Let’s get this straight. Aliens from outer space have been hiding on earth for millions of years, hatching a secret scheme to colonize the planet by infecting swarms of killer bees with Gooey black stuff that turns humans into zombies. meanwhile, a shadowy quasi-government group known as the Syndicate has been helping the aliens by bombing buildings in Texas and growing corn in Tunisia. It all makes perfect sense—except for the part about the aliens, the killer bees, the black gooey stuff, and those cornfields in Tunisia.
Maybe we’re thicker than Martin Landau’s hairpiece, but we’re still trying to figure out what the heck happens in the X-Files movie. Of course, some degree of enigmatic uncertainty is to be expected when X marks the spot—it’s one of the things that has made the Fox TV series so irresistibly eerie these past five seasons—but we doubt even Cancer Man could unravel all the twisty plotlines coiled into this film. Ambulance-driving assassins? Flying saucers buried in Antarctica? Glenne Headly playing a bartender? If the truth is out there, it’s sure playing hard to get.
Not that anyone cares. As amusing as it is confusing, the X-Files film has grossed more than $55 million since its June 19 opening, pretty much guaranteeing that at least one more X flick is sure to follow. Before that happens, though, we’d like to take this opportunity to raise a few dozen nitpicky (and not-so-nitpicky) questions. Be warned: If you haven’t seen the film, keep an eye out for the !, which indicates answers giving away key plot points. At least we think they’re key plot points—we’re not entirely sure.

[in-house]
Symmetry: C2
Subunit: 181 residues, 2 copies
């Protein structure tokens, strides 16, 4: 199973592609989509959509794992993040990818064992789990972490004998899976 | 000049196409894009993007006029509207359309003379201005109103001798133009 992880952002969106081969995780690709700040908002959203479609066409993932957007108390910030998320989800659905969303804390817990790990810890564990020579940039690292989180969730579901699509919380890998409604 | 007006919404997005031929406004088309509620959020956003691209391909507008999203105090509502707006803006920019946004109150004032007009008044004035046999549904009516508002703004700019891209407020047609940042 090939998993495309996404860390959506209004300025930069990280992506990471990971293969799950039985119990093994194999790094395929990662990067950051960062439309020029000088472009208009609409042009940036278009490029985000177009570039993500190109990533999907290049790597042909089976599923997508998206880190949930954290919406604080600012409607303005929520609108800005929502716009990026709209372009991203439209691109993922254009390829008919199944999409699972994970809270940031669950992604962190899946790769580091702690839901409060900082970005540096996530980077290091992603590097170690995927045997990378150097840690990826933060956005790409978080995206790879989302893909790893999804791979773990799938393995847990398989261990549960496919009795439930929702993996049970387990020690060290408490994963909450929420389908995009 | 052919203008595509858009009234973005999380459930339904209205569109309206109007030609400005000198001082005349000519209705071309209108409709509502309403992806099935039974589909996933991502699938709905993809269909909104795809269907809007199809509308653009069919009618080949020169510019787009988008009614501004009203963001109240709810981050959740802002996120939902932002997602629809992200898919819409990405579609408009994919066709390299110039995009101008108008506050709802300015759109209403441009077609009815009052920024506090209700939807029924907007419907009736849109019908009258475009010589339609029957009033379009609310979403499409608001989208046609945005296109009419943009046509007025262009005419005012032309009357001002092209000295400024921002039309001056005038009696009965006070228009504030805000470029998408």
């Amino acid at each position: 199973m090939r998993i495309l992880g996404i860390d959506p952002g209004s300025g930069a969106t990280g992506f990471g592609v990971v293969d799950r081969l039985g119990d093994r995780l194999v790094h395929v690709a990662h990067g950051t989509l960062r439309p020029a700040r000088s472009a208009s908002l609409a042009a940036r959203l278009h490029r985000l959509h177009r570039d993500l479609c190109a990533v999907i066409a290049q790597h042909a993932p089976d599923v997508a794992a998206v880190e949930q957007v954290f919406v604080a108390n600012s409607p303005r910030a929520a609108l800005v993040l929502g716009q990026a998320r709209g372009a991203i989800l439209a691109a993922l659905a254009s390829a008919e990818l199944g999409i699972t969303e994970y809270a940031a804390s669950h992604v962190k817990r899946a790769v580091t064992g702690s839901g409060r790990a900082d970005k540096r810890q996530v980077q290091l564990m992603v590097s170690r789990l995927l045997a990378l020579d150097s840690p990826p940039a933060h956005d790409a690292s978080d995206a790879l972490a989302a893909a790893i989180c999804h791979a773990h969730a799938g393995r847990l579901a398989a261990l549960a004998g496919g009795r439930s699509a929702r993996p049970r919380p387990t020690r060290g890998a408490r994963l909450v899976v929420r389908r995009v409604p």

WHAT’S THE BEE STORY? The aliens spend millions of years cooking up a plan to colonize Earth—and this is what they come up with? Getting killer bees to cross-pollinate with corn that’s been infected with a zombifying black-oil virus, then presumably having them buzz around stinging every person on the planet? Well, we checked into it. In reality, bees don’t cross-pollinate with corn. What’s more, according to experts at the Brooklyn Botanical Gardens, it’s impossible to grow corn in the arid terrain of Tunisia. Even more incredible: Are we really supposed to believe that Mulder and Scully could have been trapped in that huge artificial hive with hundreds of thousands of bees and not get stung?
“I’m telling you, we did it,” insists the man who is Mulder, David Duchovny. “We ran through that scene 15 times and never got stung. What they do is take away the queen bee—put her in a nice trailer and let her kick back—and the worker bees aren’t as aggressive.” His costar Gillian Anderson backs up the story: “The bee wrangler was throwing buckets of bees at us,” she says. “But it wasn’t so bad. The only people who got stung were the people who were most afraid of being stung.” As for bees cross-pollinating with corn, X-Files creator Chris Carter says sure, it could happen. “Remember, it’s mutant corn,” he points out. “It’s been genetically altered to attract bees.” He doesn’t think cornfields in Tunisia are such a stretch, either. “We filmed that scene in Bakersfield, California,” he says. “Believe me, it was plenty hot there.”